Young filmmaker and Earthbeat co-founder Tarquin Ramsay talks about how our smartphones are powerful tools for bringing about real impact and influencing world leaders on the climate crisis. He also discusses his recent trip to COP26 and Youth Day event.
Young people across the globe already have a campaigning tool in their pockets to place pressure on ineffective climate leaders: their smartphones. With faster internet connections and free editing apps, they now have the agency to turn their stories of lived experience from growing up on the frontline of the climate and ecological crisis into films. These films can become beacons of light for campaigns that put more pressure on the governments and economic structures that run our societies.
Tarquin presents on the topic of "youth, films and visions" on COP26 conference stage
Who am I, what do I do, and why?
My name is Tarquin Ramsay, and I’m a young documentary producer from the UK. My mission is to discover and support the next generation of climate storytellers wherever they are, to ensure their voices have agency and are equally listened to in the film community and the inter-governmental stages. When I was 15, I started asking ‘innocent’ questions about our ability to exercise our fundamental civil liberties. These questions manifested into films, and I began biting off a little more than I could chew by starting work on a feature documentary about free speech.
After six years, amazingly, this was released. It was distributed in 14 countries and was even nominated for ‘Best Positive First Film’ for Cinema Positif Week at Cannes International Film Festival 2019. What a journey! I learned the ins and outs of filmmaking and quickly realised what I wanted to avoid in the industry. I’m now 26 years old and ready to support the younger generation.
In response to a cancelled COP in November 2020, a small group of film producers, comms specialists and I started developing a series of climate storytelling activities for young people in the run-up to COP26. In partnership with a coalition of UN bodies, including UN Climate Change, UNDP, UN Conventions to Combat Desertification, the UN Convention on Biological Diversity, and youth media education org, Youth4Planet, we all came together to launch Earthbeat. The aim? To engage as many young people across the globe in film, storytelling, and journalism skills to ensure they can better participate in the conversations and actions around the climate and nature emergency.
It’s hard not to fall into the ‘ecological groove’ trap: a state of paralysis induced when you are overwhelmed by negative thoughts and realities that result in you feeling fatalistic about the climate and ecological crisis. We are trying to combat this state of mind by reminding our audiences of the ingenious climate solutions and positive actions taking place across the globe.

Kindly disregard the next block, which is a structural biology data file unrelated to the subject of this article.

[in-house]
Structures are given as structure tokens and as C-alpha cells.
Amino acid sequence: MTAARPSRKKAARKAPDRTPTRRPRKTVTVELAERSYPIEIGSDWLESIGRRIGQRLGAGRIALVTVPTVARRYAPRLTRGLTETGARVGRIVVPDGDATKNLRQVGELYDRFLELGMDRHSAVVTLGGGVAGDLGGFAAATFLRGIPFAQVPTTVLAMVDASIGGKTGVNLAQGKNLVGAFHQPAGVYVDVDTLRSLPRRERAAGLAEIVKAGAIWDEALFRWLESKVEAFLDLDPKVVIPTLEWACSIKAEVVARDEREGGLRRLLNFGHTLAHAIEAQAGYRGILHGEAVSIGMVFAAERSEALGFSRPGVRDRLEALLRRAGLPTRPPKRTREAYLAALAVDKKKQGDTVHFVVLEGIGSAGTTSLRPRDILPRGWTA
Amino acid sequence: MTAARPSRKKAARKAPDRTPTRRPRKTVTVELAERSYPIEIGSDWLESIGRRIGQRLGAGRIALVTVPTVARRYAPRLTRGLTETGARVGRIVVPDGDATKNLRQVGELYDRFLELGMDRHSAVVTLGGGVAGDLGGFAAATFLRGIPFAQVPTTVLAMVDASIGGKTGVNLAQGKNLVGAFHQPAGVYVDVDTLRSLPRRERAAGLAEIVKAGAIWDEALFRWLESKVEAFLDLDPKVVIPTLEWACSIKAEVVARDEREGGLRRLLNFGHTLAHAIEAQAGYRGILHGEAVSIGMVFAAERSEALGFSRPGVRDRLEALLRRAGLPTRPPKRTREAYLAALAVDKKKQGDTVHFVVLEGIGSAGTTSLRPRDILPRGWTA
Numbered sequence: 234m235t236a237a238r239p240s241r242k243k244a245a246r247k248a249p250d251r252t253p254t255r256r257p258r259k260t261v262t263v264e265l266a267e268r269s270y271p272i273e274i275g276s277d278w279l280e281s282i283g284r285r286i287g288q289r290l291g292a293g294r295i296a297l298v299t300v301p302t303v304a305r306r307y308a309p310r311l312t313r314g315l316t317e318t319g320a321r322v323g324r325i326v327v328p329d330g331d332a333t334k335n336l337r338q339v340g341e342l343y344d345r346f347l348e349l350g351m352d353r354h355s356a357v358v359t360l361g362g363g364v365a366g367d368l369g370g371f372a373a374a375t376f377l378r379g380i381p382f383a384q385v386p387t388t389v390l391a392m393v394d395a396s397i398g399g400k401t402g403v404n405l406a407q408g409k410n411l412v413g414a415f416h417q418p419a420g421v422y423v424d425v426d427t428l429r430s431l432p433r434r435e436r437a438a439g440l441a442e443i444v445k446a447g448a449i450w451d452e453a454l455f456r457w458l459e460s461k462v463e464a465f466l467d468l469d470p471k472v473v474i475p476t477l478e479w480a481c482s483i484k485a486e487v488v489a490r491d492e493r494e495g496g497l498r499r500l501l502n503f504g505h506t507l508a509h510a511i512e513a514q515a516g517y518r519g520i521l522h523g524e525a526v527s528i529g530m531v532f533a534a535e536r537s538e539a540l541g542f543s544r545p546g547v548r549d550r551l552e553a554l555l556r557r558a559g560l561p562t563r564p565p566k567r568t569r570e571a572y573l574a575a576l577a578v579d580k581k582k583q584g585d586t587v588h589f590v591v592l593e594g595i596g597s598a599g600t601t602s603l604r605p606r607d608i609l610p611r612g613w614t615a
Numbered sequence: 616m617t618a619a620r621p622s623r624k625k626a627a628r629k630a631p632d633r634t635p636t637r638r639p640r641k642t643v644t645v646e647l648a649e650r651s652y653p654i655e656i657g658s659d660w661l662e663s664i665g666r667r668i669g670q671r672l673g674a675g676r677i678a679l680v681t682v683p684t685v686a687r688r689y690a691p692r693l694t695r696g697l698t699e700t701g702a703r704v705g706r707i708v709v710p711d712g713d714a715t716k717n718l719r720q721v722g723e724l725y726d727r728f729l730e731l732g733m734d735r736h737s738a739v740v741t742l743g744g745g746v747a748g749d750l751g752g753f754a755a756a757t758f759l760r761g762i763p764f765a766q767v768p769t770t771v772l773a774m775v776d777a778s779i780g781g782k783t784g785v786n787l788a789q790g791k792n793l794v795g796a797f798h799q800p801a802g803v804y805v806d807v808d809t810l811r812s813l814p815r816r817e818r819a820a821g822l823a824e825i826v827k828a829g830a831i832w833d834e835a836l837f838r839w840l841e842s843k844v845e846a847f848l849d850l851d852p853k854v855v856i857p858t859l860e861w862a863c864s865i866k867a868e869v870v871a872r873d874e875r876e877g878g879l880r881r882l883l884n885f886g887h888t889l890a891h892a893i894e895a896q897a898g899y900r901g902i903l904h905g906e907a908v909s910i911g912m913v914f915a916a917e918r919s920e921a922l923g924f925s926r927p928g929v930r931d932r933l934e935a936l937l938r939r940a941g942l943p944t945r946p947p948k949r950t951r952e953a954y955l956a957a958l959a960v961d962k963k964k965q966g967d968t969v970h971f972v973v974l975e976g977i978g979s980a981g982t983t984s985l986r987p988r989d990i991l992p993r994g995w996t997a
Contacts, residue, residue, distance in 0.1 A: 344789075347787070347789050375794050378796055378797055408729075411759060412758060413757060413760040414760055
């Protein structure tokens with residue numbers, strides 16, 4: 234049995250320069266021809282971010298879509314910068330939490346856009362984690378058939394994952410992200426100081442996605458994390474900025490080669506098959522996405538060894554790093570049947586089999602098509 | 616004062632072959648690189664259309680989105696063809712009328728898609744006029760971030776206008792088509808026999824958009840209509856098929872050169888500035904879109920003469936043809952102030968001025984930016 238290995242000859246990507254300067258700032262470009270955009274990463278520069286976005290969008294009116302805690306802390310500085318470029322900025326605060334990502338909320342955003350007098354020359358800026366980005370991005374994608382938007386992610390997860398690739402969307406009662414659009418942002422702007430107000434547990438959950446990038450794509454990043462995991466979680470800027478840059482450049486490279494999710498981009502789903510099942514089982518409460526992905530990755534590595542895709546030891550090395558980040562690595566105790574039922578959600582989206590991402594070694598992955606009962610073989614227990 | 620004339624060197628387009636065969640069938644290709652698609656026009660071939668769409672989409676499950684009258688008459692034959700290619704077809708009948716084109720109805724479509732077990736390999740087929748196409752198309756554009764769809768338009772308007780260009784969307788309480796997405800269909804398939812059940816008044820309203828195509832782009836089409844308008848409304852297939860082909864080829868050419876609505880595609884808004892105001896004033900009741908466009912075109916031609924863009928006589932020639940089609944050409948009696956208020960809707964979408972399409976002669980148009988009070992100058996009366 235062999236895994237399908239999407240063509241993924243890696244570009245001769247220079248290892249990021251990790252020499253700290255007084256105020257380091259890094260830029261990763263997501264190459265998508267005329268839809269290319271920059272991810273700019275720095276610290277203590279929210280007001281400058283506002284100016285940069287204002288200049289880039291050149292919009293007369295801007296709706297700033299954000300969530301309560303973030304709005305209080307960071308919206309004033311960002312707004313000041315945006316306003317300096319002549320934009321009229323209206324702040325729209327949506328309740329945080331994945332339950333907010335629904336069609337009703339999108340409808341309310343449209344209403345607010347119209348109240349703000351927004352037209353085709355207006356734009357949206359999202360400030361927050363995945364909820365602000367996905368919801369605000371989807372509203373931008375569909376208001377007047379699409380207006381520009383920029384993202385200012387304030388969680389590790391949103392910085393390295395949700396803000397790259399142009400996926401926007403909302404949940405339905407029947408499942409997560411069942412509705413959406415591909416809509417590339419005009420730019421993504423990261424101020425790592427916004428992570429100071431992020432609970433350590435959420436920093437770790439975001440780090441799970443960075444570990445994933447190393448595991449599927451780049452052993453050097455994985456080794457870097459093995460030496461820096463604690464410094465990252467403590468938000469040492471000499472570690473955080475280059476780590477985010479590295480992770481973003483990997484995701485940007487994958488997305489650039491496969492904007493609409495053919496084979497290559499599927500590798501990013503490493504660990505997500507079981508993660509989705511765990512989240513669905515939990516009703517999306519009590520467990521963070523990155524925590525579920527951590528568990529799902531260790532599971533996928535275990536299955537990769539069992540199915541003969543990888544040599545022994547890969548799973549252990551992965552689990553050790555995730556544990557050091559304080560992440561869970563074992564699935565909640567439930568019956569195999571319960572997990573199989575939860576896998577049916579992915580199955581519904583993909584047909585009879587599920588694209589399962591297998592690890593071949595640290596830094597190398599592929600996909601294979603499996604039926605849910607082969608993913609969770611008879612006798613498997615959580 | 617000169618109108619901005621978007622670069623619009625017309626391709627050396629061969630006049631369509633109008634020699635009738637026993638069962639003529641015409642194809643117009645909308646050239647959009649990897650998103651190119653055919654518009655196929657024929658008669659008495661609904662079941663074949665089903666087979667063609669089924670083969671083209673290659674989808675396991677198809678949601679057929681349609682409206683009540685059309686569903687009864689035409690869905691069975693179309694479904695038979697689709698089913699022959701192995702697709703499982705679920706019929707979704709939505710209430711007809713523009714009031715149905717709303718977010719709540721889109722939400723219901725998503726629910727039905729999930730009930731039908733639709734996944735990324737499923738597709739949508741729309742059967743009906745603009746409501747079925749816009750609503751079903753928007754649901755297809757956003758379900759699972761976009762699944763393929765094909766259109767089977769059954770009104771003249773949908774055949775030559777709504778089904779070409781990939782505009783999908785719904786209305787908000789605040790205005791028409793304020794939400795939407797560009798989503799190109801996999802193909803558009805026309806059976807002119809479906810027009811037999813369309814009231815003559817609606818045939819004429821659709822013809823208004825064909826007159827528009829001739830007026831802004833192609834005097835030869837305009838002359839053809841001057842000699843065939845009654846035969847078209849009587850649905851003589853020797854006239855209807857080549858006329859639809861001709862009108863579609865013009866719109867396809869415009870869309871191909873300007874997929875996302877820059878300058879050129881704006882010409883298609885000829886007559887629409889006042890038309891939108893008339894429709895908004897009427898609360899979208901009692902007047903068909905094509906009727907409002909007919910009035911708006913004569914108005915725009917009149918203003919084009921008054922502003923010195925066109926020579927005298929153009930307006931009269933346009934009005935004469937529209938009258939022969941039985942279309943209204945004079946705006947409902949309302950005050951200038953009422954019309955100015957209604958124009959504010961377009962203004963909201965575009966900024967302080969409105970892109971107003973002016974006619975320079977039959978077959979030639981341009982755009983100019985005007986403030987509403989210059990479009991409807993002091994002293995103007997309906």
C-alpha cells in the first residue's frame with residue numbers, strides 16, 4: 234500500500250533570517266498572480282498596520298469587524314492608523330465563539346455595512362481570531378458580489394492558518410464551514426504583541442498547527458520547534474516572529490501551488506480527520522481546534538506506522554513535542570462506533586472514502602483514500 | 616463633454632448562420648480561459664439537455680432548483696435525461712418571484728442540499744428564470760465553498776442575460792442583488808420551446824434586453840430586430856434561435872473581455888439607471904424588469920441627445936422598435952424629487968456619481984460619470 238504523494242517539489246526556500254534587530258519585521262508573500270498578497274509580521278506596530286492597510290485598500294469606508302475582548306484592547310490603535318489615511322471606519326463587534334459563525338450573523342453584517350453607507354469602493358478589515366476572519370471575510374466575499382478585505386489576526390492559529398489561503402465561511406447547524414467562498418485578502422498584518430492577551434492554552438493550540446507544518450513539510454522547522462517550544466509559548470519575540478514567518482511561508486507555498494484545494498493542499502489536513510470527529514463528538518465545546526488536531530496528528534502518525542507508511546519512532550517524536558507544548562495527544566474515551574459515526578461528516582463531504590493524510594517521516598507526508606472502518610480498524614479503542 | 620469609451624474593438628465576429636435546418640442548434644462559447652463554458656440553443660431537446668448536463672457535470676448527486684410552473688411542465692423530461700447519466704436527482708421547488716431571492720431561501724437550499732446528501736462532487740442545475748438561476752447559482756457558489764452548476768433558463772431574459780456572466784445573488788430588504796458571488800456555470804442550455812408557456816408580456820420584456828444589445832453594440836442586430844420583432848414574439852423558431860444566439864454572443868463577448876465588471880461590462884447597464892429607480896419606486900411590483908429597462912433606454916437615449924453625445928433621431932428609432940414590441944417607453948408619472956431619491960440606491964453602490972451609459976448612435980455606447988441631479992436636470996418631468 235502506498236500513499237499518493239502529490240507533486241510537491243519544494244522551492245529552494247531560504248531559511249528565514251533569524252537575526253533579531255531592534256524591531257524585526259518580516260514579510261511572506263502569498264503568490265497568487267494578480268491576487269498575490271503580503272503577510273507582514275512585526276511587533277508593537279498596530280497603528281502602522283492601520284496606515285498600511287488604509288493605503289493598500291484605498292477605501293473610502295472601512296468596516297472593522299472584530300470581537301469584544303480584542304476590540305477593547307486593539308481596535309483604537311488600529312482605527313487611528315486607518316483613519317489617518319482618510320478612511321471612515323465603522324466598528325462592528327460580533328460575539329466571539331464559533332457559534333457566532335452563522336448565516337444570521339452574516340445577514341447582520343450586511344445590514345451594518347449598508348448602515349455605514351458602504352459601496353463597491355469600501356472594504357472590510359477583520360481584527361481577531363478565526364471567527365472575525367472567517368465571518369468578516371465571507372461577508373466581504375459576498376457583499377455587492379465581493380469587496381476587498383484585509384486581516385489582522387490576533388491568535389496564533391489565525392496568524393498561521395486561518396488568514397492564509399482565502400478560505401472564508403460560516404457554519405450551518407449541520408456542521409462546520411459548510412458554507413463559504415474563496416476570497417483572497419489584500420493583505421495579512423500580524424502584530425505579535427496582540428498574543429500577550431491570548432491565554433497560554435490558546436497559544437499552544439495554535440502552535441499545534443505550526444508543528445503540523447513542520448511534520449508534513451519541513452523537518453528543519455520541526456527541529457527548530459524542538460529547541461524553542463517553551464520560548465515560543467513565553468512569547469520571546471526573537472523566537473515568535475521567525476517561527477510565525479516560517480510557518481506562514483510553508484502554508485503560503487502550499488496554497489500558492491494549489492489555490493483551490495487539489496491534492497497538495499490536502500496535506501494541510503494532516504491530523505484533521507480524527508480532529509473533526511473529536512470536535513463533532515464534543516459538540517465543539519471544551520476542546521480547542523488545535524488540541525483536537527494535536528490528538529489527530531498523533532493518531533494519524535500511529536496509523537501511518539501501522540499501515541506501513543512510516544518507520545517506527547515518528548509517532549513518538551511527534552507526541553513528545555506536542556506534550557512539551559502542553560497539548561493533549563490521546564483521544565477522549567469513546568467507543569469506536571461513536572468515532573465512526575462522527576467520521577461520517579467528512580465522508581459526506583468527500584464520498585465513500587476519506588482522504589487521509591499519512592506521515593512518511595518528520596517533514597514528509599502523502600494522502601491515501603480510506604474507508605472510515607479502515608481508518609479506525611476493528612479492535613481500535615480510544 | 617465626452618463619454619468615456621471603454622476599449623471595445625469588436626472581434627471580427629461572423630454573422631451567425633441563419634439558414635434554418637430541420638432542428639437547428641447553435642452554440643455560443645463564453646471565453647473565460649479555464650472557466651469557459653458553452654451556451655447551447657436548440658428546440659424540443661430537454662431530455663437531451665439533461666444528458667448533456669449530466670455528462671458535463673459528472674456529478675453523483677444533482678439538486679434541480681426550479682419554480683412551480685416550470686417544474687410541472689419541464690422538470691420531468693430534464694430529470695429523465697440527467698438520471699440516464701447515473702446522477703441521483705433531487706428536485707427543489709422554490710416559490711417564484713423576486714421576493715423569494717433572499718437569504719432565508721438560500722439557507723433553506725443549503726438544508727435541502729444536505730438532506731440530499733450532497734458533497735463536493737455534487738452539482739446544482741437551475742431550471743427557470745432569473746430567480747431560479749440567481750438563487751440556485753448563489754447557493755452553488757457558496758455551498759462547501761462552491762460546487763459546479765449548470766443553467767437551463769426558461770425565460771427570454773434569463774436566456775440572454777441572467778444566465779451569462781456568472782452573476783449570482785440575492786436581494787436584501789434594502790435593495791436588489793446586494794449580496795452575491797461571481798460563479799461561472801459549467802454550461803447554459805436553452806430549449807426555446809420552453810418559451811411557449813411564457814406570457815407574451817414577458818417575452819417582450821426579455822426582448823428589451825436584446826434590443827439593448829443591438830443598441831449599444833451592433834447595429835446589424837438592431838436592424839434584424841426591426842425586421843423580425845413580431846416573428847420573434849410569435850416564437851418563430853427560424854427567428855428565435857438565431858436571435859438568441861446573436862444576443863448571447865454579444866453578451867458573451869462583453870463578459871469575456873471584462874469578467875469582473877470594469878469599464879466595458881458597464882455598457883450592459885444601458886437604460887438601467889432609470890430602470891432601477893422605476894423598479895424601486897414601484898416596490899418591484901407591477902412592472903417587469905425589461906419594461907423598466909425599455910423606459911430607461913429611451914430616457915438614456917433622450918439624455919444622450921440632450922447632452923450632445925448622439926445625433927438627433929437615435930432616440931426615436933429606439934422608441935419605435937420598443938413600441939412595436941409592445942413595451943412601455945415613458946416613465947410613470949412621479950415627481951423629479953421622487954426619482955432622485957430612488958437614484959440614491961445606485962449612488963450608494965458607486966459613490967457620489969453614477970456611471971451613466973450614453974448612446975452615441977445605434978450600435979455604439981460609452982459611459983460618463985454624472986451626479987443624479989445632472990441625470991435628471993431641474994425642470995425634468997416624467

Earthbeat & COP26
Earthbeat brings together the ethical practices of 21st-century filmmaking and discussions around environmental justice into one project with the aim of empowering young people worldwide to turn their stories of lived experience into films.
Earthbeat ran a series of hybrid workshops and webinars to support smartphone storytellers who needed more technical skills to make their films in our inaugural year. We facilitated this activity in 11 countries, including four regions across Ghana, working in partnership with Green Africa Youth Org and their network of universities. Once the young participants made these films, Earthbeat launched a global challenge inviting young people aged 14-30 to submit 3-minute films. The challenge was launched under the theme of restoring balance with nature and featured an impact award supported by the Bertha Foundation. After two months of submission, we received 77 submissions from 31 countries!
On a cold Friday evening at COP26 headlining in the IMAX theatre, Earthbeat showcased some of the films, the storytellers, and the innovative local solutions that young people participate in. Earthbeat truly is a global project. We presented a film about a plastic-eating fungi initiative from Lesotho, an island-wide campaign to save the She Cabbage from extinction on the Southern Atlantic Ocean British colony of St Helena, and an inspiring group of local storytellers from the Borneo Rainforest in Indonesia.
Youth4Planet also facilitated the Earthbeat COP26 Tour to platform the films across Northern Europe. The Environmental Ministry of Luxembourg commissioned three interactive e-bikes that started in Luxembourg City and travelled through the Netherlands, Belgium, France zig-zagging their way across the UK to culminate in Glasgow at the beginning of November. The aim was to raise awareness and understanding to allow 21st-century skills like cooperation and co-creation to flourish - e.g. with digital tools such as smartphones. Earthbeat and Youth4Planet participated at events in the Blue Zone on the GEF Stage, The Resilience Lab, and the Benelux Pavillion to further amplify the films and the storytellers.
We want to continue the momentum of the outcomes of COP26 by expanding Earthbeat’s community of digital storytellers through more activities. At the end of the IMAX showcase, we launched another Earthbeat Challenge. This time, in partnership with the UN Office of Disaster and Risk. We invite young filmmakers to submit films exploring initiatives that reduce the risk from disasters, boost resilience, and demonstrate cooperation and coordination across communities, regions, and national boundaries. Submissions are open now until February 18 2022. You can find out more on the Earthbeat Challenge website: https://earthbeat.youth4planet.com/
Follow us on Instagram and other social media: @oneearthbeat
We look forward to welcoming you to the Earthbeat community.